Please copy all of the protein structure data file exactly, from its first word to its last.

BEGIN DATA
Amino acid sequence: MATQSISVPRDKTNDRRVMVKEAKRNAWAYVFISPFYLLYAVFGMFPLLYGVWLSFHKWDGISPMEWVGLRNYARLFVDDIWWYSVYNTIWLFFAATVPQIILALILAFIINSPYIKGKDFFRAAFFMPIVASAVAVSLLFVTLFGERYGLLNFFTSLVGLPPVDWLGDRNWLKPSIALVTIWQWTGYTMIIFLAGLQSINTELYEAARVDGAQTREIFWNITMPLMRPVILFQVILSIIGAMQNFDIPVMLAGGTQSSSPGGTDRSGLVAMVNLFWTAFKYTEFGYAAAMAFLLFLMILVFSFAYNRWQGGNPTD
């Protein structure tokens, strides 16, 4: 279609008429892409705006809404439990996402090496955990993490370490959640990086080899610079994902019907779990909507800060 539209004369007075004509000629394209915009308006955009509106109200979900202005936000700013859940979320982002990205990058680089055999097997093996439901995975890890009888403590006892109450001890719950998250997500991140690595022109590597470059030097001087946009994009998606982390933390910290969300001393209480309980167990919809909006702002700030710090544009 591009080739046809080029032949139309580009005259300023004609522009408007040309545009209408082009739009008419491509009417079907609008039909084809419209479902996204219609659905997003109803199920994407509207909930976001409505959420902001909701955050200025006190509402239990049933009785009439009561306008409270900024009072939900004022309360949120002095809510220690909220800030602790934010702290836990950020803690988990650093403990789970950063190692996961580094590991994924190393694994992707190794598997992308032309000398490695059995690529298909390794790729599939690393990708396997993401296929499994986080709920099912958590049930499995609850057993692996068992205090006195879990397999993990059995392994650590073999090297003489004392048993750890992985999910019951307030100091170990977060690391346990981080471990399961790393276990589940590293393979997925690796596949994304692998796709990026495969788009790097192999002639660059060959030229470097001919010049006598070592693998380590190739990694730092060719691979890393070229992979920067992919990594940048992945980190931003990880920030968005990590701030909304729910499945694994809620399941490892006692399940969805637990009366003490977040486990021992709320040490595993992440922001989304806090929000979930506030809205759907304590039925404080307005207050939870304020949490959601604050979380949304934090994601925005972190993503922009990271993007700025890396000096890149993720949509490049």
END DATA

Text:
Amino acid sequence: MATQSISVPRDKTNDRRVMVKEAKRNAWAYVFISPFYLLYAVFGMFPLLYGVWLSFHKWDGISPMEWVGLRNYARLFVDDIWWYSVYNTIWLFFAATVPQIILALILAFIINSPYIKGKDFFRAAFFMPIVASAVAVSLLFVTLFGERYGLLNFFTSLVGLPPVDWLGDRNWLKPSIALVTIWQWTGYTMIIFLAGLQSINTELYEAARVDGAQTREIFWNITMPLMRPVILFQVILSIIGAMQNFDIPVMLAGGTQSSSPGGTDRSGLVAMVNLFWTAFKYTEFGYAAAMAFLLFLMILVFSFAYNRWQGGNPTD
């Protein structure tokens, strides 16, 4: 279609008429892409705006809404439990996402090496955990993490370490959640990086080899610079994902019907779990909507800060 539209004369007075004509000629394209915009308006955009509106109200979900202005936000700013859940979320982002990205990058680089055999097997093996439901995975890890009888403590006892109450001890719950998250997500991140690595022109590597470059030097001087946009994009998606982390933390910290969300001393209480309980167990919809909006702002700030710090544009 591009080739046809080029032949139309580009005259300023004609522009408007040309545009209408082009739009008419491509009417079907609008039909084809419209479902996204219609659905997003109803199920994407509207909930976001409505959420902001909701955050200025006190509402239990049933009785009439009561306008409270900024009072939900004022309360949120002095809510220690909220800030602790934010702290836990950020803690988990650093403990789970950063190692996961580094590991994924190393694994992707190794598997992308032309000398490695059995690529298909390794790729599939690393990708396997993401296929499994986080709920099912958590049930499995609850057993692996068992205090006195879990397999993990059995392994650590073999090297003489004392048993750890992985999910019951307030100091170990977060690391346990981080471990399961790393276990589940590293393979997925690796596949994304692998796709990026495969788009790097192999002639660059060959030229470097001919010049006598070592693998380590190739990694730092060719691979890393070229992979920067992919990594940048992945980190931003990880920030968005990590701030909304729910499945694994809620399941490892006692399940969805637990009366003490977040486990021992709320040490595993992440922001989304806090929000979930506030809205759907304590039925404080307005207050939870304020949490959601604050979380949304934090994601925005972190993503922009990271993007700025890396000096890149993720949509490049």